WHY THINK ABOUT COMPLEX SYSTEMS IN ONE HEALTH?

Our current methods and tools are not well equipped to integrate information that span environment, animal, and social and health concerns, making it hard to “see” an integrative way, or to benefit from the full range of knowledge and experience relevant for creating healthier circumstances. Many of the models, perspectives, and methods used to study human-animal-environmental health systems were created to answer questions about the health of individuals or groups of individuals. Berezowski et al. discuss this challenge from a surveillance perspective in Chapter 7. In the literature, it is more common to find metaphors and analogies adapted from the natural or social sciences that justify the use of complexity and chaos thinking in health sciences than it is to find evaluated cases of the value of this thinking in One Health.

The hope for complex systems thinking in health is that by considering the changing context, its key actors, and their interactions over time, we can more effectively understand and improve health (Rusoja et al., 2018). Better understanding of how multiple human and animal components interact in a non linear fashion to produce highly context-dependent outcomes could, for example, help identify situations predisposed to emerging diseases or find synergies to produce more efficient use of health resources for shared human, animal, and environmental health benefits. Understanding how the multiple determinants of a problem within a human-animal-environment system relate with each other and with the history of that system could help identify new ways to deploy health intelligence resources to find vulnerable situations in advance of harm (see Chapter 7 for details). Yet promises such as these have largely been untested and unfulfilled.

Complex systems thinking is compatible with several One Health aspirations. The focus on understanding boundaries of systems, exploring interrelationships, and seeing unique perspectives of a system from different people’s viewpoint could help define the scope of a One Health problem that a group wishes to tackle, identify common sets of indicators of success, and open group members’ eyes to opportunities to influence systems’ outcomes in ways they may not have from their own vantage point. Recognizing that a complex system cannot be fully understood from only one perspective can reveal the need for multiple collaborators to learn from each other to develop acceptable and effective One Health actions.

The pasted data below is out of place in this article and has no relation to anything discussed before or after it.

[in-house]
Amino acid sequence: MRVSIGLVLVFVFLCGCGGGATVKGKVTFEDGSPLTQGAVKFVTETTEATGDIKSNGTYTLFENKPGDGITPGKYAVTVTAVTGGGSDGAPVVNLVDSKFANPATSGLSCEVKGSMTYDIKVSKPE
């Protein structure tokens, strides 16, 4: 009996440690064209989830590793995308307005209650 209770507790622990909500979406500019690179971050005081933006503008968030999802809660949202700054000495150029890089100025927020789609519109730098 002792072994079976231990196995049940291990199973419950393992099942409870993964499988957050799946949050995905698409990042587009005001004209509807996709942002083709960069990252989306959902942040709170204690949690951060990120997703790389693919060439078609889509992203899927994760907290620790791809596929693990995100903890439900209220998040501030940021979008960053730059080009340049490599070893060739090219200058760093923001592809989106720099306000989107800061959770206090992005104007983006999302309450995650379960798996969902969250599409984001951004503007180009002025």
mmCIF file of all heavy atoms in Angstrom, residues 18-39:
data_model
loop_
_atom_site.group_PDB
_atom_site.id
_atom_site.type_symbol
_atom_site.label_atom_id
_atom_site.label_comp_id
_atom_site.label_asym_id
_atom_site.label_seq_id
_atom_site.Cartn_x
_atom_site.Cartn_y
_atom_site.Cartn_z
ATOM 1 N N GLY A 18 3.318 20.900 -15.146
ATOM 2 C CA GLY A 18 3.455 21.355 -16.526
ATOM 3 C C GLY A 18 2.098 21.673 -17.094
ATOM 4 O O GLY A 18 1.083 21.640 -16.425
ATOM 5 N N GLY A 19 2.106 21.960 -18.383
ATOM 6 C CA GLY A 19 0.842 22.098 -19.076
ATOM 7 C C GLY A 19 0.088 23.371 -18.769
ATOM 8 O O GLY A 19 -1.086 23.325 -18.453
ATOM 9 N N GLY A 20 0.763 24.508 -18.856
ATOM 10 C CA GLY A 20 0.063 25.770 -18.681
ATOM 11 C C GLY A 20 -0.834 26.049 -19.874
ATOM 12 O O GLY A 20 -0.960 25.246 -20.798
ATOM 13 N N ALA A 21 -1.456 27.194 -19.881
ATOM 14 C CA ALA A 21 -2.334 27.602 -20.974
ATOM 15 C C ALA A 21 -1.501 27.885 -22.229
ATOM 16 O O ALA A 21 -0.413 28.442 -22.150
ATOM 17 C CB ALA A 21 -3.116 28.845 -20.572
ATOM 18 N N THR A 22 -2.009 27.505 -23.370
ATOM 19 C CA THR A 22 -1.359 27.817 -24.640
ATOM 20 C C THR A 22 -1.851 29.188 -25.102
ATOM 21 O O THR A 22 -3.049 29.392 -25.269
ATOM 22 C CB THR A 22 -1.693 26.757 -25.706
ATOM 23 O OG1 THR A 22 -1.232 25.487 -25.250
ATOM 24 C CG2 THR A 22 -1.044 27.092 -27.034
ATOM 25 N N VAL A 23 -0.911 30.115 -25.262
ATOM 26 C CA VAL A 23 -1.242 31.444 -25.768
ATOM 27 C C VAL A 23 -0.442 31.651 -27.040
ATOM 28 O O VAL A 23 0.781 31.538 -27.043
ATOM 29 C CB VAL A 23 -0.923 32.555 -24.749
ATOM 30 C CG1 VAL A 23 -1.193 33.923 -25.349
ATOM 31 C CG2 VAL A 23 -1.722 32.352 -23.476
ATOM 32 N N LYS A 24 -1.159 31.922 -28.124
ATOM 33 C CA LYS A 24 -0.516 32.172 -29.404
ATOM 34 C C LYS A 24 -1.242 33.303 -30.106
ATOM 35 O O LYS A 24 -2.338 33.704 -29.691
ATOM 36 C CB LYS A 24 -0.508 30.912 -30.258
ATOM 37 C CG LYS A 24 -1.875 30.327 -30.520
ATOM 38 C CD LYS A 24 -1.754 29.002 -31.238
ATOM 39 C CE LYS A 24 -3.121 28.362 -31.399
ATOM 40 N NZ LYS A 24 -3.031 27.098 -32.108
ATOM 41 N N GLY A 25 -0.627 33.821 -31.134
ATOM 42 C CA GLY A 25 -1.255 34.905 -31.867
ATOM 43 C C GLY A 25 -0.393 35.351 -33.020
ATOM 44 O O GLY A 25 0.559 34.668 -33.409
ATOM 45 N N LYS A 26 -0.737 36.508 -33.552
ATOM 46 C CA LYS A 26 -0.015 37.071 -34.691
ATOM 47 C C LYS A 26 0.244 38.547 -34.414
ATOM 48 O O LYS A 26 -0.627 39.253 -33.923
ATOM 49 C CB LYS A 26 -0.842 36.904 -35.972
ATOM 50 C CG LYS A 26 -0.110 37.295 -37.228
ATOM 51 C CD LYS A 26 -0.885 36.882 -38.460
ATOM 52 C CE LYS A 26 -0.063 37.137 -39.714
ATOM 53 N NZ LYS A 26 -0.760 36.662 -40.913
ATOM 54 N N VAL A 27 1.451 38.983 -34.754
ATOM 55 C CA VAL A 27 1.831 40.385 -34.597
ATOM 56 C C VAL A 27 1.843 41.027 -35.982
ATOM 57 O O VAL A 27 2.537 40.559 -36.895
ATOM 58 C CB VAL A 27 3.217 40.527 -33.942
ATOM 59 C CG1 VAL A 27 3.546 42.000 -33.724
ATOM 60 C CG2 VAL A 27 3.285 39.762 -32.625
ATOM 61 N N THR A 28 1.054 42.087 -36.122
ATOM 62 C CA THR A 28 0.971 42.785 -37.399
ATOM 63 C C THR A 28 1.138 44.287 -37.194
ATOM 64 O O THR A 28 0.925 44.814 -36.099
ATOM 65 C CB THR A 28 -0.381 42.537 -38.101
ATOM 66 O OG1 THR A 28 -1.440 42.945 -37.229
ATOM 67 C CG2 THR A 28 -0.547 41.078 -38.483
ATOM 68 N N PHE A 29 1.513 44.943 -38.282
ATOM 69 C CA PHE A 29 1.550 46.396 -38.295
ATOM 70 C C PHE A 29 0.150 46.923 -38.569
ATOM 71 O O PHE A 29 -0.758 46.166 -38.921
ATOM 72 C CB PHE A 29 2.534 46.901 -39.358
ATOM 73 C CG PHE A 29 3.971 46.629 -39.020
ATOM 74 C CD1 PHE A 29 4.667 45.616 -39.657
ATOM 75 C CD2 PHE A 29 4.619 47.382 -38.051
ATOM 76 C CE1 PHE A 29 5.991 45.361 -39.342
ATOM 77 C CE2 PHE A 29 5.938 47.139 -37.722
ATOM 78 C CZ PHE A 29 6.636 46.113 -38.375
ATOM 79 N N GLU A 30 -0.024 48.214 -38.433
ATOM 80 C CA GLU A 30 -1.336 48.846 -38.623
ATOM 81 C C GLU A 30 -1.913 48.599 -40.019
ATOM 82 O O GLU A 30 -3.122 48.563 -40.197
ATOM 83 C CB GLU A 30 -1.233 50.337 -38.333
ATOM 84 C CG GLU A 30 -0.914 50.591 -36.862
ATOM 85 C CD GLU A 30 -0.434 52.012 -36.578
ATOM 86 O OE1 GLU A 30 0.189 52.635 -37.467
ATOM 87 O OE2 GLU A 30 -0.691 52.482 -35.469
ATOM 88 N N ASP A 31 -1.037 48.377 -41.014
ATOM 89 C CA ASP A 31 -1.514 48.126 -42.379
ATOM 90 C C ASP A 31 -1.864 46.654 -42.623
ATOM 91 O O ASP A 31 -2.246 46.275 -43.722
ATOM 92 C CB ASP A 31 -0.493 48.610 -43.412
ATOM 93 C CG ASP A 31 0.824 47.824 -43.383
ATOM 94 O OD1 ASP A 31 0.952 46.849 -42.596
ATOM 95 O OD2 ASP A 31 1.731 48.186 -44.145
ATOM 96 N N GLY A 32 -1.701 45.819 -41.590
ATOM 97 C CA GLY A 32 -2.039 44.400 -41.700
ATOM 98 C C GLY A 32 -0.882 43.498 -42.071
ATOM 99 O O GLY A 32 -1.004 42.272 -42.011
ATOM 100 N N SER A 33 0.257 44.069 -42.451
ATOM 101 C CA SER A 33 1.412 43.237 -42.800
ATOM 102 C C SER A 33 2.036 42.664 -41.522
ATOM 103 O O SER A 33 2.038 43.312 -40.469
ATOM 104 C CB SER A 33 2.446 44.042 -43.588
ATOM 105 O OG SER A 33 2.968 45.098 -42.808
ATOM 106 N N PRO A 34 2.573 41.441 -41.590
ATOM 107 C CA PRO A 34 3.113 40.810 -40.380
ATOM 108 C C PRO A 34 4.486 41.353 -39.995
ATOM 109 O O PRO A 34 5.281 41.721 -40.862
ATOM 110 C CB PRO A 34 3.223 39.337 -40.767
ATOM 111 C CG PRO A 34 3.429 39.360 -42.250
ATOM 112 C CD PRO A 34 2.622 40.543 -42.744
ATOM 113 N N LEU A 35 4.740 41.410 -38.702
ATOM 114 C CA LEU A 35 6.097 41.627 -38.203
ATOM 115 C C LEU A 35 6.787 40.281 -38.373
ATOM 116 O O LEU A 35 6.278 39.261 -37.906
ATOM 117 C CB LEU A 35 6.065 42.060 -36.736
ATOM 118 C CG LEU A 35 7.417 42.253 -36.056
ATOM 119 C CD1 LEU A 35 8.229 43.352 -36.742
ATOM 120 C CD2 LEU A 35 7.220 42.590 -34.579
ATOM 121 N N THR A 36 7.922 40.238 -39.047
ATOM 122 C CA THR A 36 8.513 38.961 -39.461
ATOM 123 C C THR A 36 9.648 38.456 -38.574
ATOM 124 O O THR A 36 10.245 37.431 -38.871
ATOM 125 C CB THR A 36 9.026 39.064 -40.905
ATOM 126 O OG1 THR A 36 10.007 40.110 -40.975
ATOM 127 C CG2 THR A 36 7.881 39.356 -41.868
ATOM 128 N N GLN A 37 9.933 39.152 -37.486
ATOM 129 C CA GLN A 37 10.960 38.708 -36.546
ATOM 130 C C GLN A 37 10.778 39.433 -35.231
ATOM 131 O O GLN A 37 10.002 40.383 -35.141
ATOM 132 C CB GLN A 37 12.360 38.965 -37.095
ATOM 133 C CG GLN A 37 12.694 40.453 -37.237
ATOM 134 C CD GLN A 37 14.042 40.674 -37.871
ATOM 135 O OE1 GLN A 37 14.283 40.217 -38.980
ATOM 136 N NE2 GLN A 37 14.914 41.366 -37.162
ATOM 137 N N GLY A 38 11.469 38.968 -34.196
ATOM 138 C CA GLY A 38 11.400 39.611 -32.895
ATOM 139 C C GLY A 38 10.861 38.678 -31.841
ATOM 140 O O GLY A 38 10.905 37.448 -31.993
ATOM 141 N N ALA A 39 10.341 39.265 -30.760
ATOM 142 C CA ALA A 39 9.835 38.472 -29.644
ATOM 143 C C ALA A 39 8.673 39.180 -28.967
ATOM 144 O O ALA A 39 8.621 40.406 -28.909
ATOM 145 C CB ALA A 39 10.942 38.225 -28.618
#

While the authors firmly believe that thinking about One Health from a systems perspective is an excellent teaching metaphor and a framework to plan One Health research and actions, we cannot provide the reader with published evidence of its utility, feasibility, and acceptability. What follows are two scenarios that illustrate the promise for complex systems thinking for One Health.

Scenario 1 - Emerging Diseases and Epidemics

The fact that the number of times the conditions conducive to epidemics exist without an epidemic occurring far outnumber the few occasions when one occurs (Stephen et al., 2004) supports the conclusion that epidemics are emergent phenomena of complex adaptive systems. The long and sometimes convoluted causal chains between upstream and downstream animal, human, and environmental determinants of disease emergences and our poor success rate at forecasting an emerging disease with sufficient precision to inspire local action call out for a new way to think about how we prepare for emerging diseases.